The political parties in the Baltics had their roots mainly in the Russian Revolution of 1905 and the years immediately preceding it. The oldest political parties with a clear regional roots were social democrats, with the Lithuanian Social Democratic Party (Lietuvos socialdemokratų partija) having been founded in 1896, the Latvian Social Democratic Workers’ Party (Latvijas Sociāldemokrātiskā Strādnieku Partija) in 1904 (although it was a merger of two regional parties established in 1901 and 1902), and the Estonian Social Democratic Workers’ Party (Eesti Sotsiaaldemokraatlik Tööliste Partei) in 1905.[9]

Only slightly later did bourgeois parties with national agendas emerge, containing mostly members of the intelligentsia, many of whom were from peasant families. The Latvian Democratic Party (Latviešu Demokrātiskā partija) and the Estonian Progressive People’s Party (Eesti Rahvameelne Eduerakond) were founded in 1905, the Lithuanian Democratic Party (Lietuvių demokratų partija) in 1906.[10]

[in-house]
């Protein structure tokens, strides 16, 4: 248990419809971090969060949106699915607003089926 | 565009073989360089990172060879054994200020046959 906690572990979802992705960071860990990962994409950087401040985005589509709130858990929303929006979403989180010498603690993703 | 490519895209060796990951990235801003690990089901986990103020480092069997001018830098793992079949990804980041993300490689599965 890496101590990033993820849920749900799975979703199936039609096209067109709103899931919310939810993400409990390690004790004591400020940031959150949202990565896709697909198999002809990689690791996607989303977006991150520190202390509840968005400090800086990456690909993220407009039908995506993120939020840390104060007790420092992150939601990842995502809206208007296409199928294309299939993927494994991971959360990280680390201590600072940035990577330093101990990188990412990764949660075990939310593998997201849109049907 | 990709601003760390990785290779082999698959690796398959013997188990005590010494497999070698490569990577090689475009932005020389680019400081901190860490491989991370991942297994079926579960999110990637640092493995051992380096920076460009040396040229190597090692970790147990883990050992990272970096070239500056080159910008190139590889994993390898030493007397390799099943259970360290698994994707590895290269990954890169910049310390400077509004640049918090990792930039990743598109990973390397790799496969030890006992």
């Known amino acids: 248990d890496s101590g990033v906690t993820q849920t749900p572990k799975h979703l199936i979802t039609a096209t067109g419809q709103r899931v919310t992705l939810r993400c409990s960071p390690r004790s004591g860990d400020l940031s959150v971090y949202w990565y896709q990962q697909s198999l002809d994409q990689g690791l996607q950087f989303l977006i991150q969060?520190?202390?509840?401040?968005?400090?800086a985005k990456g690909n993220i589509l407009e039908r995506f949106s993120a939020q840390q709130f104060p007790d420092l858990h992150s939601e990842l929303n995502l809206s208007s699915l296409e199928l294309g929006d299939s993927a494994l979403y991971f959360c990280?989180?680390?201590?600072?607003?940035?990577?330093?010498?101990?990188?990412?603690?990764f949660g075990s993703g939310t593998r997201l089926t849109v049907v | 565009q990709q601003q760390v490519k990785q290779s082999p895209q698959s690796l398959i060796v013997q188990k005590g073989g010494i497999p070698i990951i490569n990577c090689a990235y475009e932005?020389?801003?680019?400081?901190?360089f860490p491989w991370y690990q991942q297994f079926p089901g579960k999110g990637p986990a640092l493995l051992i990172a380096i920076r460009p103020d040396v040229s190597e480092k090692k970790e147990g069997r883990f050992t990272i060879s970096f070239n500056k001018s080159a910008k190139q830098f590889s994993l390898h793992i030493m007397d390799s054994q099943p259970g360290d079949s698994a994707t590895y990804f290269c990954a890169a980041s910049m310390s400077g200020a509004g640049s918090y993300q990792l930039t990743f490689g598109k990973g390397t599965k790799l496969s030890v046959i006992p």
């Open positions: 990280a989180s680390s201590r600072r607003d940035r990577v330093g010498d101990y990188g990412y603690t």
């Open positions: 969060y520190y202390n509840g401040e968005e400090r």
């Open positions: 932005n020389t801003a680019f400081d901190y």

In general, the reach of political parties in the Russian Empire’s northwest was rather limited, with the social democrats being the only parties that exerted a certain political attraction. Parties served more as interest groups around political newspapers than as real political parties.[11] However, although only few of their representatives were voted into the Imperial Duma, the new parliament served as an important testing ground for politicians and was thus crucial for the formation of the national political elites.[12]

When the Germans occupied Lithuania in 1915, the majority of the intelligentsia left with the retreating Russian army. The Russian city of Voronež became a centre for Lithuanian refugees, where they developed ideas of Lithuanian nationalism and statehood. By 1917, the political lines there were divided between supporters of Bolshevism and those of the Lithuanian War Relief Committee, the latter of which demanded autonomy, and was increasingly recognised as a unified political Lithuanian voice by Russian intellectuals.[13]

When the German army invaded Courland, Latvian intellectuals and political activists partly went to Riga and partly retreated into Russia, with members across the whole political spectrum increasingly demanding a model of an autonomous Latvia within a Russian state. A large number of Latvian intellectuals gathered around the Latvian Central Welfare Committee in Petrograd. Particularly influential was a group of Latvians who had fled to Moscow, founding there the Latvian National Democratic Party (Latviešu Nacionāldemokrātu partija) in 1917.[14]